We had to walk inland along the canal to now unused bridge we climbed up to and walked over to the other side where we watched a group of 15-20 hobbyists fly their miniature planes and helicopters, then walked back out to the concrete waterfront where fishermen lined the shore. There are no breakers here and storms have swept all manner of garbage in here to collect. The concrete waterfront was probably gorgeous during the Olympics, but now it is cracked and wrecked, with huge holes along the way.
We started to worry that we might not be able to get out the way we were going but we kept following the way, making jokes about it being a potential Ocean Shores moment. This is in reference to a trip we made in 2010. We cycled down the Pacific coast to the bottom of Oregon. At Aberdeen, Wa, we cycled all day to get around to Ocean Shores because our book “Cycling the Pacific Coast” told us there was a pedestrian ferry that would get us and our bikes across to the other side.
We could have chosen to bypass Ocean Shores and probably would have, had we know the reality in store for us. It’s hard to imagine, but there wasn’t the amount of travel information available online in those days so we had no idea. This was just a year and a half after the 2008 financial crisis, and as we rode through Ocean Shores, it was like the whole place had closed up for business. At the end, we saw a big piece of wood, with a spray-painted scrawl across it. “NO FERRY!”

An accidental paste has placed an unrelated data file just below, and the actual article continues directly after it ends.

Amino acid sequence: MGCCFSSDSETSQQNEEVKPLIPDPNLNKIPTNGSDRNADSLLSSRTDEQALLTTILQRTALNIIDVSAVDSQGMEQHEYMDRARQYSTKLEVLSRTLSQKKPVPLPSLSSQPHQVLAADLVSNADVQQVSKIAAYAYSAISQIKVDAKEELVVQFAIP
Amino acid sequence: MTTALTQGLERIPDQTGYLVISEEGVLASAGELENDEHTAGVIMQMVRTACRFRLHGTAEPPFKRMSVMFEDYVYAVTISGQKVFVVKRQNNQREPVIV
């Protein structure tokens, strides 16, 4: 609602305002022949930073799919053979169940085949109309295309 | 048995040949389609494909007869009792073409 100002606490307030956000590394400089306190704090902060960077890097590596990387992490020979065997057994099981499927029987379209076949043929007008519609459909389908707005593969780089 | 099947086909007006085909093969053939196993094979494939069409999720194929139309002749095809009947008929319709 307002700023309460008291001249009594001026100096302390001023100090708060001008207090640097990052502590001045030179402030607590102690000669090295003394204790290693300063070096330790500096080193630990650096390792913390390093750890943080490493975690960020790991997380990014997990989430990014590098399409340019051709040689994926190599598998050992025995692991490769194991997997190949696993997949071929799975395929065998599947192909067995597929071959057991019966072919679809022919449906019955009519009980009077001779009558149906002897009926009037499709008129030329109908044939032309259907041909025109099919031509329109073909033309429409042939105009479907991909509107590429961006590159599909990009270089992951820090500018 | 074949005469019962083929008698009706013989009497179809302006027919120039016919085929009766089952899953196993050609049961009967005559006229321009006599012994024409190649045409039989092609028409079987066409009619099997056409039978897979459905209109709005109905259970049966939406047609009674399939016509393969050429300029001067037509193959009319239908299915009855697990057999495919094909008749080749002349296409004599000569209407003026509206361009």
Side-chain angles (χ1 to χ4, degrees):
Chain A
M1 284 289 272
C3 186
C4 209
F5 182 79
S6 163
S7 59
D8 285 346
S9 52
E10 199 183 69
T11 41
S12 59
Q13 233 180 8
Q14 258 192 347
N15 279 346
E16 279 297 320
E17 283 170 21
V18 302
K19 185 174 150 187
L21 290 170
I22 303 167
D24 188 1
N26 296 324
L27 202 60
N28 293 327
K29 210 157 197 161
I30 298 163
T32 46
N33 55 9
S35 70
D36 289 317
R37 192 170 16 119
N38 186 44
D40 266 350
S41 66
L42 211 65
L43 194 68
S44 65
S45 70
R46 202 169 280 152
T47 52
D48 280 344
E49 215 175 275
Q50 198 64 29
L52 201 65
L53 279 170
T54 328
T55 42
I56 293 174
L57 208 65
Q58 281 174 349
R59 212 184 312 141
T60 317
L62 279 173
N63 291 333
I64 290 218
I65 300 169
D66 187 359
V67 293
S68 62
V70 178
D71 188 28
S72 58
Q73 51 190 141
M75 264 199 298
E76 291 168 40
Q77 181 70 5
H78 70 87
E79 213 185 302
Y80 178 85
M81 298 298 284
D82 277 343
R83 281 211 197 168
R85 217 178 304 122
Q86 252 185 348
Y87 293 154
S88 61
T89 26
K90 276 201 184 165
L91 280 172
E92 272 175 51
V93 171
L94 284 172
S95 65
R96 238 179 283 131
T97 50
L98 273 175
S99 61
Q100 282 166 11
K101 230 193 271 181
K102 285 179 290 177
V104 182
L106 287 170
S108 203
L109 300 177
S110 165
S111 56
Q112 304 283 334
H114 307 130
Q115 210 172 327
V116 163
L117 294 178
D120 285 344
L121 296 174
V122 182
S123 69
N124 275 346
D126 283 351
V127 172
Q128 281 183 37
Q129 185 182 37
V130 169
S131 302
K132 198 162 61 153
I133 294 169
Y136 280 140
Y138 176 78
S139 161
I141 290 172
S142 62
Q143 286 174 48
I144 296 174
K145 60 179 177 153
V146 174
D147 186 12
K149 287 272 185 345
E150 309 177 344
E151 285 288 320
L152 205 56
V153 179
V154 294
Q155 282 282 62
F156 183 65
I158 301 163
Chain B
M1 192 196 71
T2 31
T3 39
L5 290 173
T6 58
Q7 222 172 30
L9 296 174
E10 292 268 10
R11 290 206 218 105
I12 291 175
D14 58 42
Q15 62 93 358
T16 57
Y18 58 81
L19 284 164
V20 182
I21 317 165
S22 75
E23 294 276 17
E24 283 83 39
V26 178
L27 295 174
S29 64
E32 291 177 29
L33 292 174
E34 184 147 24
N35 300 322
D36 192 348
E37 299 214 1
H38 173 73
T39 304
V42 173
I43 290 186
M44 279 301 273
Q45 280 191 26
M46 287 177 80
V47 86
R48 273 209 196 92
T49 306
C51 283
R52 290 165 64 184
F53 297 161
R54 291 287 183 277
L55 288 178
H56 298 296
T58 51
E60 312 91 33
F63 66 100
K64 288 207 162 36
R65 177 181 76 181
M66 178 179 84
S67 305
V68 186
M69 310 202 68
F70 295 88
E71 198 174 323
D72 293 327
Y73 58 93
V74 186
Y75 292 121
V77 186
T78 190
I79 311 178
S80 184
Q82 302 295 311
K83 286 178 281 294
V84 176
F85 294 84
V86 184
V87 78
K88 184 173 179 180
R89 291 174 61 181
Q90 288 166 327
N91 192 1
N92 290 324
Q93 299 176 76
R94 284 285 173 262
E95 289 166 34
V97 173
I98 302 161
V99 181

My stomach dropped. I’m sure Harold’s did as well. I refused to believe it. “Go into that motel and ask about it!” I cried out to Harold, but the motel was also boarded up. As was the restaurant on the other side. We stood there, unsure of what to do, until an old-timer came by. We asked him about it, and he told us the ferry was closed because the sands had gotten too high from storms, and there was no money to clean it up. There is no worse feeling, in our memories, than that moment when we realized we had to ride back an entire day and there was no getting around it.